Posted by Kenny Gill

Homework is essential in the learning process of all students. It benefits them in managing time, being organized, and thinking beyond the classroom work. When students develop good habits towards homework, they enjoy good grades. The amount of homework given to students has risen by 51 percent. In most cases, this pushes them to order for custom essays online. A lot of homework can be overwhelming, affecting students in negative ways.

How homework affects the psyche of students Homework plays a crucial role in ensuring students succeeds both inside and outside the classroom. The numerous hours they spend in class, on school work, and away from family and friends lead to them experiencing exhaustion. Too much homework leads to students becoming disheartened by the school, and it chips away at their motivation for succeeding.

As a result, homework becomes an uphill battle, which they feel they will never win despite putting an effort. When they continue to find homework difficult, they consider other ways of working on it, such as cheating.

Getting enough time to relax, engage with friends and family members helps the students to have fun, thus, raising their spirit and their psyche on school work.  However, when homework exceeds, it affects their emotional well-being making them sad and unproductive students who would rather cheat their way through school.

How does homework affect students?

As a result, they have to struggle with a lack of enough sleep, loss of weight, stomach problems, headaches, and fatigue. Poor eating habits where students rely on fast foods also occasions as they struggle to complete all their assignments. When combined with lack of physical activity, the students suffer from obesity and other health-related conditions. Also, they experience depression and anxiety. The pressure to attend all classes, finish the much homework, as well as have time to make social connections cripples them.

How can parents help with homework? Being an active parent in the life of your child goes a long way towards promoting the health and well-being of children. Participating in their process of doing homework helps you identify if your child is facing challenges, and provide the much-needed support.

The first step is identifying the problem your child has by establishing whether their homework is too much. In elementary school, students should not spend over twenty minutes on homework while in high school they should spend an average of two hours. If it exceeds these guidelines, then you know that the homework is too much and you need to talk with the teachers.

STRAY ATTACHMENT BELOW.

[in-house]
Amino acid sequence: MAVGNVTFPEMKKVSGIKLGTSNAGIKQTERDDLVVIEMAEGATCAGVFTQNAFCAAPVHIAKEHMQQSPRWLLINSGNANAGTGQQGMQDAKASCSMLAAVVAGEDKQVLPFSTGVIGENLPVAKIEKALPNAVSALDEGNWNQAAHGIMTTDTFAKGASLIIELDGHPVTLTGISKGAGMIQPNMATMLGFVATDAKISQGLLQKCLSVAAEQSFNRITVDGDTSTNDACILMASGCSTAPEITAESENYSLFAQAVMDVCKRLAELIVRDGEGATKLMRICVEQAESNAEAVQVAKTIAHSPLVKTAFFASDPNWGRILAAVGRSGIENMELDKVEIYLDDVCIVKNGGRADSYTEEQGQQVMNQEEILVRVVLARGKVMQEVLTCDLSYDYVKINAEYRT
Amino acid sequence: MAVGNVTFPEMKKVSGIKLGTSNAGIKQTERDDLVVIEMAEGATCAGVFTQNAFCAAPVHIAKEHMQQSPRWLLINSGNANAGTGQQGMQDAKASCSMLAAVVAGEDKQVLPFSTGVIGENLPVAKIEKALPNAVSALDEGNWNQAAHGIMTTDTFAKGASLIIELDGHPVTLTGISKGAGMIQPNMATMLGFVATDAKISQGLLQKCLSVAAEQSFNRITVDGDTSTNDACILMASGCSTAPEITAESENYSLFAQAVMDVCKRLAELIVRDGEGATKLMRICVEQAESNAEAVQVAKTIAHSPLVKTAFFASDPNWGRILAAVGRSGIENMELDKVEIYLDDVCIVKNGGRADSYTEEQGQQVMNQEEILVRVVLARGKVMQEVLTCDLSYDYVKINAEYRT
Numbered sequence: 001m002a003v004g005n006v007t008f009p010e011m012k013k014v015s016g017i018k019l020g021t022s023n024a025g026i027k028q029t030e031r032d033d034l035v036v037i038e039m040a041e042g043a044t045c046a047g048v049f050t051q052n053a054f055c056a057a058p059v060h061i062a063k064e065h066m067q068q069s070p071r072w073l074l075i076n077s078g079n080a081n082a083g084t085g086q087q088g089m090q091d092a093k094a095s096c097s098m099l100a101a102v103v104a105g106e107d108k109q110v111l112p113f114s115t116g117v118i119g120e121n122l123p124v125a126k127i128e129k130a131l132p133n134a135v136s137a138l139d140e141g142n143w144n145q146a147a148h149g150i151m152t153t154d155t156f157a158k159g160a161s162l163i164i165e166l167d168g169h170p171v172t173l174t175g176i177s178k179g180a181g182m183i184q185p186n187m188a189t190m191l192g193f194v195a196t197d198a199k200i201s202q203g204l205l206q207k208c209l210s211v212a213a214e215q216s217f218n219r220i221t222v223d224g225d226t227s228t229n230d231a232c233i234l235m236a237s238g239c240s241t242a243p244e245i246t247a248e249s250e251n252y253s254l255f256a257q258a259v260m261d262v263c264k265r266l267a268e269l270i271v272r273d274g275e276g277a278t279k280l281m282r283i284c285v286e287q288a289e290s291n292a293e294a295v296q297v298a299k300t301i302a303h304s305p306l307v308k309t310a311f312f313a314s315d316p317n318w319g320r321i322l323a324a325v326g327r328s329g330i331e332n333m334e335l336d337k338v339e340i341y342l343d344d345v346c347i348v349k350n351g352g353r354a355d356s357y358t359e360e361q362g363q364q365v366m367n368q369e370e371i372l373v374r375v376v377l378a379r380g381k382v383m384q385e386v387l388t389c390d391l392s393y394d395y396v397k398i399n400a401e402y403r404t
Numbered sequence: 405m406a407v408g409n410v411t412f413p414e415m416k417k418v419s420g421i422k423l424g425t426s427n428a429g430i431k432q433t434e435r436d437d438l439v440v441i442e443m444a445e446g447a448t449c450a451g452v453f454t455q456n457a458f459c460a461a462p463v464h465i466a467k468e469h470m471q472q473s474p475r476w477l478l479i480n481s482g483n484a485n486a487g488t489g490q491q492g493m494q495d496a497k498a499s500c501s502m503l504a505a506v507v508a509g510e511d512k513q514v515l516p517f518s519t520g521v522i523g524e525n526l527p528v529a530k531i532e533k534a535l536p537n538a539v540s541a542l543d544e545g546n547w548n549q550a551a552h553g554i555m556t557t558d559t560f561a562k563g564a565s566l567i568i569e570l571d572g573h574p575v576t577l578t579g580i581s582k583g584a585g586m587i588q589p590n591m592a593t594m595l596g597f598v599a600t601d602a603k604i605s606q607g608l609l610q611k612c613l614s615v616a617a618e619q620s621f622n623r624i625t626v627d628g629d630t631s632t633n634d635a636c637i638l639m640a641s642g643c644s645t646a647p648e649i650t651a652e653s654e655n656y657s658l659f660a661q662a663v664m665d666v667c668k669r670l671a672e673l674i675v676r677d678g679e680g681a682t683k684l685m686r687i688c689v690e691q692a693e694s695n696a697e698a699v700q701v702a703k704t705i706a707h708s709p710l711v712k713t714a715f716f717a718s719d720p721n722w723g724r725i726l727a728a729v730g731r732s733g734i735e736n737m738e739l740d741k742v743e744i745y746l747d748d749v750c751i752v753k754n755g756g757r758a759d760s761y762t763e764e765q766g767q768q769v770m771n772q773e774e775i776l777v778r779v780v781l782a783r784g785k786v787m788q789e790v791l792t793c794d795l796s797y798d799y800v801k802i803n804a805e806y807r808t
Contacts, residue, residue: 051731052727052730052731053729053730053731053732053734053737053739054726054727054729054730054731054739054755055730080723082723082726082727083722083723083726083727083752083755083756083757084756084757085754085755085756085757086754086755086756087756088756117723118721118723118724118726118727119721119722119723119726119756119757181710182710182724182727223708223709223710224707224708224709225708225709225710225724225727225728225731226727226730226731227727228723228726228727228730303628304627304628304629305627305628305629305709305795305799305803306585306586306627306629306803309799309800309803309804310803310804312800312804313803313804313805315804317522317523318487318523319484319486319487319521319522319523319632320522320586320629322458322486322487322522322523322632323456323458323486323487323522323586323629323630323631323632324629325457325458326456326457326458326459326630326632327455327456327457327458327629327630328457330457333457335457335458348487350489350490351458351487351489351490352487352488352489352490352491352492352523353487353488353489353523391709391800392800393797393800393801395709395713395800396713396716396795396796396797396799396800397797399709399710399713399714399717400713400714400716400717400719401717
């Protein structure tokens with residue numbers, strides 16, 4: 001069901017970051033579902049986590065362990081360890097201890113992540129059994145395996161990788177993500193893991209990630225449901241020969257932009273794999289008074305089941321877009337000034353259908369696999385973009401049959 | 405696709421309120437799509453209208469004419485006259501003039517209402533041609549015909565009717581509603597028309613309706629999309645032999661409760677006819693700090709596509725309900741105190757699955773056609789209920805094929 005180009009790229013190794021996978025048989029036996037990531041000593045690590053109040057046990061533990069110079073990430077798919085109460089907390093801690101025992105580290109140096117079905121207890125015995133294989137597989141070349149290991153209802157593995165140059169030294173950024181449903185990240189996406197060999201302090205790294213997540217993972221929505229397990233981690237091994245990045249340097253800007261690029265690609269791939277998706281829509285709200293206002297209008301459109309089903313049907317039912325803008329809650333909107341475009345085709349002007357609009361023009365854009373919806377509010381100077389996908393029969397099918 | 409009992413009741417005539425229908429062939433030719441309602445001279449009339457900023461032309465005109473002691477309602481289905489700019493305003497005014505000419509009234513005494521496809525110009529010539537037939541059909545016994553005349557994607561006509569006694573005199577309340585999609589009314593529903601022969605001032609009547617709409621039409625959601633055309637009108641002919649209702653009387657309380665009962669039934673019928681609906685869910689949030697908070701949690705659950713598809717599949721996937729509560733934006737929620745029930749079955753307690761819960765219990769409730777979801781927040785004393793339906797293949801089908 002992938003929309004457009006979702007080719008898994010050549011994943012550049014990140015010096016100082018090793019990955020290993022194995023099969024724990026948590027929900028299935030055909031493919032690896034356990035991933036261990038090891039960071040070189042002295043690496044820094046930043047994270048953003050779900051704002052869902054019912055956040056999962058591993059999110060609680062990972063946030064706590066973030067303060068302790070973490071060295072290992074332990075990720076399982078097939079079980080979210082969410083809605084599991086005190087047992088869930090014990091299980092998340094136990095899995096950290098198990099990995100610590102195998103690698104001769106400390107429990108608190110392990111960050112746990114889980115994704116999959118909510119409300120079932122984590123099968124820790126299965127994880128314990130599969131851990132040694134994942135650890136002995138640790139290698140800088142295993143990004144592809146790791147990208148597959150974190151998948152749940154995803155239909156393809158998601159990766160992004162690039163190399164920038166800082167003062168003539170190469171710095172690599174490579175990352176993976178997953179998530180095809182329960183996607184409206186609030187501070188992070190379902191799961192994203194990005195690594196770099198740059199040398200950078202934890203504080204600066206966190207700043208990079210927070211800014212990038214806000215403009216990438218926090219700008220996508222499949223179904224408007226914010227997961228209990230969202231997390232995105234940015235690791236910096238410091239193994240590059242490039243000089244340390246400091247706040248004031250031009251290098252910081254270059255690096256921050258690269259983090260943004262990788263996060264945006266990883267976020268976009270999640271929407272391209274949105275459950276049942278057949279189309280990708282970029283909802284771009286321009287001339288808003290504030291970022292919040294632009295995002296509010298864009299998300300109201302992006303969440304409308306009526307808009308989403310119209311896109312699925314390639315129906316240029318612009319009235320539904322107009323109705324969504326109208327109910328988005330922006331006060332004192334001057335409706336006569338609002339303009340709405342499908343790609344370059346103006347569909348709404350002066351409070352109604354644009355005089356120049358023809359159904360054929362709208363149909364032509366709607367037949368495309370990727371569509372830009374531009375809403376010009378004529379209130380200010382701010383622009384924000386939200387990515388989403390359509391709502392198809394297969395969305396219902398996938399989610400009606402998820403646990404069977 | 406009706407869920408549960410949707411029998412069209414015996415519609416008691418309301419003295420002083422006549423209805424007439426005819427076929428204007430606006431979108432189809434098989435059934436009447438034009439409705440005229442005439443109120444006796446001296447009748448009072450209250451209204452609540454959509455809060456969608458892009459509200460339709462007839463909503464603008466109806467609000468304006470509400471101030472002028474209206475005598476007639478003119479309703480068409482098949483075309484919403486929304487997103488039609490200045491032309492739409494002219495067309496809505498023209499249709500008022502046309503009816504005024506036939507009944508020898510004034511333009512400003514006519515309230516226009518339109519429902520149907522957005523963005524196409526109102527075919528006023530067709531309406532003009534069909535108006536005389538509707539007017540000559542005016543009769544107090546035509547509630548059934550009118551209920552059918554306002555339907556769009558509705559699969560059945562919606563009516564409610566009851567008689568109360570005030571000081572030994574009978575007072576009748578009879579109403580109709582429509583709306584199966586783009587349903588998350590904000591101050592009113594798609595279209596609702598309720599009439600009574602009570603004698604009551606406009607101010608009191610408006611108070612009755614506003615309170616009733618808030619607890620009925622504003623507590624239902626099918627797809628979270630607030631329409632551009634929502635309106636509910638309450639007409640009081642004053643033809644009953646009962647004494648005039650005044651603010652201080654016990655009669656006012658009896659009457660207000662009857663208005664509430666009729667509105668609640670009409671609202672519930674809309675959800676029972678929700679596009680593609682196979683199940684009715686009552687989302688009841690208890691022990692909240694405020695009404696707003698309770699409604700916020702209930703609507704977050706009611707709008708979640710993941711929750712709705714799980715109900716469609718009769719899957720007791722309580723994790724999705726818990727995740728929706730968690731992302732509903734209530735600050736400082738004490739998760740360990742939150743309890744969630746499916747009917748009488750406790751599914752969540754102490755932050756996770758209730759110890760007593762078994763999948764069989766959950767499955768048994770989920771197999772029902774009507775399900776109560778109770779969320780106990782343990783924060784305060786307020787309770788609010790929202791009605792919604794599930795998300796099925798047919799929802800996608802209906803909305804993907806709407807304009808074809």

The other step is ensuring your child focuses on their work by eliminating distractions. Texting with friends, watching videos, and playing video games can distract your child. Next, help them create a homework routine by having a designated area for studying and organizing their time for each activity.

Why it is better to do homework with friends Extracurricular activities such as sports and volunteer work that students engage in are vital. The events allow them to refresh their minds, catch up, and share with friends, and sharpen their communication skills. Homework is better done with friends as it helps them get these benefits. Through working together, interacting, and sharing with friends, their stress reduces.

Working on assignments with friends relaxes the students. It ensures they have the help they need when tackling the work, making even too much homework bearable. Also, it develops their communication skills. Deterioration of communication skills is a prominent reason as to why homework is bad. Too much of it keeps one away from classmates and friends, making it difficult for one to communicate with other people.

Working on homework with friends, however, ensures one learns how to express themselves and solve issues, making one an excellent communicator.

How does a lot of homework affect students’ performance? Burnout is a negative effect of homework. After spending the entire day learning, having to spend more hours doing too much homework lead to burnout. When it occurs, students begin dragging their feet when it comes to working on assignments and in some cases, fail to complete them. Therefore, they end up getting poor grades, which affects their overall performance.